Weiler works to close loophole brought to light by Swallow investigation

Feb 27 2013 - 1:24am


Sen. Todd Weiler, R-Woods Cross
Sen. Todd Weiler, R-Woods Cross

SALT LAKE CITY -- A local lawmaker says all state employees should sing from the same songbook when it comes to employment opportunities outside their state position.

A bill to close a loophole limiting political appointees from doing outside consulting that would conflict with their state job cleared a Senate government operations committee Tuesday.

SB 83 is sponsored by Sen. Todd Weiler, R-Woods Cross. Weiler admits it is an investigation into the actions of Attorney General John Swallow that exposed the loophole. Swallow engaged in outside consulting work while a top deputy in the attorney general's office.

State career service employees are already limited from those potential conflicts in state law.

"This is exactly what it purports to be," Weiler said of the measure. "I was surprised to learn that employees in the same state agency are working side by side and living by a different set of rules."

He said the bill will level the playing field for all state employees.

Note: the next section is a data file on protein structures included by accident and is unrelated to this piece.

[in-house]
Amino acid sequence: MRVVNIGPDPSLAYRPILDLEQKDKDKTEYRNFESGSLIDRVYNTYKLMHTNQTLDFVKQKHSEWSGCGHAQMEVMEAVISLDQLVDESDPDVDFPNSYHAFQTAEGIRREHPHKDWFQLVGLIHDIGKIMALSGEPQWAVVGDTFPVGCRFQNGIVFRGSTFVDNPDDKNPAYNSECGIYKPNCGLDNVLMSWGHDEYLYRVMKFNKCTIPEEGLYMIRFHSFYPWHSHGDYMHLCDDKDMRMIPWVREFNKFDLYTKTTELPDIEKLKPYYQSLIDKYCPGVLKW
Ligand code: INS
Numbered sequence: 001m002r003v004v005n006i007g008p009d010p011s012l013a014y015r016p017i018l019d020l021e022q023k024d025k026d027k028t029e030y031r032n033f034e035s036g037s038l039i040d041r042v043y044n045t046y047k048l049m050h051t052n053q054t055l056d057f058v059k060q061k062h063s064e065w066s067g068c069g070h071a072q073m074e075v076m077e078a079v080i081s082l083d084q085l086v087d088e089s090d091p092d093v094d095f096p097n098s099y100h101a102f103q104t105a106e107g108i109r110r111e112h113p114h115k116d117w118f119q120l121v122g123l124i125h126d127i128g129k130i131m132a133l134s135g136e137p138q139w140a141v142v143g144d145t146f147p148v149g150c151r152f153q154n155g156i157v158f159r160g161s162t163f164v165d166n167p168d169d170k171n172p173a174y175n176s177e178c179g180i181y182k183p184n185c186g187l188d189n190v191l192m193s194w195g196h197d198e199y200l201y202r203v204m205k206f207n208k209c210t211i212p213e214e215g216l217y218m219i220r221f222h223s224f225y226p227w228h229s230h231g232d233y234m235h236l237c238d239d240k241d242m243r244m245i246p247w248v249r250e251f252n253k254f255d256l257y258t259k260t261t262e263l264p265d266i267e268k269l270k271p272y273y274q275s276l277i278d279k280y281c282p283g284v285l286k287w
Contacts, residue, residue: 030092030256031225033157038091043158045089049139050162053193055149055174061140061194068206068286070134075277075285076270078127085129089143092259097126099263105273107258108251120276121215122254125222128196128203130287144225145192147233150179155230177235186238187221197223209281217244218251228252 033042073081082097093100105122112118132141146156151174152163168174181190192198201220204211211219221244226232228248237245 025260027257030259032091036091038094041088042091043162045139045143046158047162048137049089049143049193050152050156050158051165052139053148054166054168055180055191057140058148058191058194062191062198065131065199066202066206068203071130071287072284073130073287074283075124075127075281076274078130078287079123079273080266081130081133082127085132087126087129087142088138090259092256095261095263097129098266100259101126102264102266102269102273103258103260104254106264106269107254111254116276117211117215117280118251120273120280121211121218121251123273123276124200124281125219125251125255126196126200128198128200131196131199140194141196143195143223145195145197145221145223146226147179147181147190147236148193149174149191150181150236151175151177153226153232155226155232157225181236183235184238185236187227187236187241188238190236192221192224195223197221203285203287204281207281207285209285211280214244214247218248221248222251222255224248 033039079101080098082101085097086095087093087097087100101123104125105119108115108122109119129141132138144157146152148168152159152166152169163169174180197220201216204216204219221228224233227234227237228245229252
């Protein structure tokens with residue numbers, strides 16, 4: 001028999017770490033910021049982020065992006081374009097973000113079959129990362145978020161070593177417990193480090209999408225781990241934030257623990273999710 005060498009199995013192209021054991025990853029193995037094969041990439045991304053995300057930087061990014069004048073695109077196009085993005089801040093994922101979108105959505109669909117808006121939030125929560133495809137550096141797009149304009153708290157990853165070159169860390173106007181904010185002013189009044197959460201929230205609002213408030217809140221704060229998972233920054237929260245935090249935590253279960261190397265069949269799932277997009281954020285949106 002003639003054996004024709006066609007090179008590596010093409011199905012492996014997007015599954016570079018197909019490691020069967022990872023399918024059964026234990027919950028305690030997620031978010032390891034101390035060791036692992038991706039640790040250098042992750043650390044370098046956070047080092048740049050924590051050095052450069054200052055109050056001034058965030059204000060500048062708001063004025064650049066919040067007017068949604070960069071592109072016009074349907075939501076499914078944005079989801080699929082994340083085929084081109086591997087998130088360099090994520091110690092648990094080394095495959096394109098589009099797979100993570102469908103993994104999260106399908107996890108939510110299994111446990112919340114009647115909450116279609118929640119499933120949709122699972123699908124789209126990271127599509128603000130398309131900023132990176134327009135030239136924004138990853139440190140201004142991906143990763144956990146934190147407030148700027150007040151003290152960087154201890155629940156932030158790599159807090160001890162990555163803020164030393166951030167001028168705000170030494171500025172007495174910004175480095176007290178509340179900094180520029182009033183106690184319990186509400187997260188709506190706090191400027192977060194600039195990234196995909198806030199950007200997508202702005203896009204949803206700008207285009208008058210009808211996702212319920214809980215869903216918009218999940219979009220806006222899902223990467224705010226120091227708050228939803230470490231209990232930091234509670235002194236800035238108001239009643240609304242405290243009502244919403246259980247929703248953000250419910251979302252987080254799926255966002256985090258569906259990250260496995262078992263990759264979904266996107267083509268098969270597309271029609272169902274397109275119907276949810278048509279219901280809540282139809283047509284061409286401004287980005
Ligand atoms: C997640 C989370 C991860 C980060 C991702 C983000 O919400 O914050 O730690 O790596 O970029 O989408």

Weiler acknowledges some state employees are underpaid and are forced to work at other jobs on weekends, but he said those jobs don't conflict with their regular jobs. He blasted those who have done political consulting and other kinds of work that conflict with their state responsibilities.

The bill moves to the Senate for further consideration. Weiler said he expects to make technical changes to some of the wording in the legislation as it is debated on the Senate floor.

Pressed on the legality of his bill, Weiler said he would prefer state executives not have outside work, but he said when there is a potential conflict of interest, he wants to close those loopholes.

Swallow has been linked to a deal by indicted businessman Jeremy Johnson to quash a federal investigation into a $350 million software scheme. Johnson claims Swallow set up a deal in 2010 for Johnson to pay $600,000 to people connected to Senate Majority Leader Harry Reid, D-Nev.

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